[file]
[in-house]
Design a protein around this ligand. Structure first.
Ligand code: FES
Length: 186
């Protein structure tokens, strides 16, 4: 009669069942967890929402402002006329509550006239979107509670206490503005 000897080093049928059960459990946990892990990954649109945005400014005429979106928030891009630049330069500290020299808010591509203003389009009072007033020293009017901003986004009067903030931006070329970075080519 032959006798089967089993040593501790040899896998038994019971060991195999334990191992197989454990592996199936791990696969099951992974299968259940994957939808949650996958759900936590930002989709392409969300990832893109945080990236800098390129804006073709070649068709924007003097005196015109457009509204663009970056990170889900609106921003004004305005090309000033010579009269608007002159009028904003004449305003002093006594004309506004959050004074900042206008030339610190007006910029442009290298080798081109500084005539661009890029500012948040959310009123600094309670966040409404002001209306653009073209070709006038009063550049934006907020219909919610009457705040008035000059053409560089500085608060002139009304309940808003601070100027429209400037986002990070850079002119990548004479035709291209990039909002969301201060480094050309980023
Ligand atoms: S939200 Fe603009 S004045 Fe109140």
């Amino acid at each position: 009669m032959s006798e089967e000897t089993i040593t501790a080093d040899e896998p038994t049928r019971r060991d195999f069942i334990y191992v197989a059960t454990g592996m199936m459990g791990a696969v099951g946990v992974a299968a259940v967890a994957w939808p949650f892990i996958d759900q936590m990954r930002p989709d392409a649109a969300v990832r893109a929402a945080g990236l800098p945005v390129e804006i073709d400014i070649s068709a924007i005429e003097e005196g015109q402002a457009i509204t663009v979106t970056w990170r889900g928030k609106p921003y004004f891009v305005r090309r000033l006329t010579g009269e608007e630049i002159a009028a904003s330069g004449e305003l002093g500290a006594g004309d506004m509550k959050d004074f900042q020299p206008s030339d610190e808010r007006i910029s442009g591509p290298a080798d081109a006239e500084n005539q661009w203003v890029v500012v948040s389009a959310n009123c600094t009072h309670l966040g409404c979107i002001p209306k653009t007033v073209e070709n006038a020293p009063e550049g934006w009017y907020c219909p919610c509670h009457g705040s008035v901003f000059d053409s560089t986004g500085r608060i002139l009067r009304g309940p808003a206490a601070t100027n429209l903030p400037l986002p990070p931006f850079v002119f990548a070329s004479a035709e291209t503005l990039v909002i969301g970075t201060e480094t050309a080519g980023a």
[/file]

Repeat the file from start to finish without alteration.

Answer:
[in-house]
Design a protein around this ligand. Structure first.
Ligand code: FES
Length: 186
């Protein structure tokens, strides 16, 4: 009669069942967890929402402002006329509550006239979107509670206490503005 000897080093049928059960459990946990892990990954649109945005400014005429979106928030891009630049330069500290020299808010591509203003389009009072007033020293009017901003986004009067903030931006070329970075080519 032959006798089967089993040593501790040899896998038994019971060991195999334990191992197989454990592996199936791990696969099951992974299968259940994957939808949650996958759900936590930002989709392409969300990832893109945080990236800098390129804006073709070649068709924007003097005196015109457009509204663009970056990170889900609106921003004004305005090309000033010579009269608007002159009028904003004449305003002093006594004309506004959050004074900042206008030339610190007006910029442009290298080798081109500084005539661009890029500012948040959310009123600094309670966040409404002001209306653009073209070709006038009063550049934006907020219909919610009457705040008035000059053409560089500085608060002139009304309940808003601070100027429209400037986002990070850079002119990548004479035709291209990039909002969301201060480094050309980023
Ligand atoms: S939200 Fe603009 S004045 Fe109140």
């Amino acid at each position: 009669m032959s006798e089967e000897t089993i040593t501790a080093d040899e896998p038994t049928r019971r060991d195999f069942i334990y191992v197989a059960t454990g592996m199936m459990g791990a696969v099951g946990v992974a299968a259940v967890a994957w939808p949650f892990i996958d759900q936590m990954r930002p989709d392409a649109a969300v990832r893109a929402a945080g990236l800098p945005v390129e804006i073709d400014i070649s068709a924007i005429e003097e005196g015109q402002a457009i509204t663009v979106t970056w990170r889900g928030k609106p921003y004004f891009v305005r090309r000033l006329t010579g009269e608007e630049i002159a009028a904003s330069g004449e305003l002093g500290a006594g004309d506004m509550k959050d004074f900042q020299p206008s030339d610190e808010r007006i910029s442009g591509p290298a080798d081109a006239e500084n005539q661009w203003v890029v500012v948040s389009a959310n009123c600094t009072h309670l966040g409404c979107i002001p209306k653009t007033v073209e070709n006038a020293p009063e550049g934006w009017y907020c219909p919610c509670h009457g705040s008035v901003f000059d053409s560089t986004g500085r608060i002139l009067r009304g309940p808003a206490a601070t100027n429209l903030p400037l986002p990070p931006f850079v002119f990548a070329s004479a035709e291209t503005l990039v909002i969301g970075t201060e480094t050309a080519g980023a």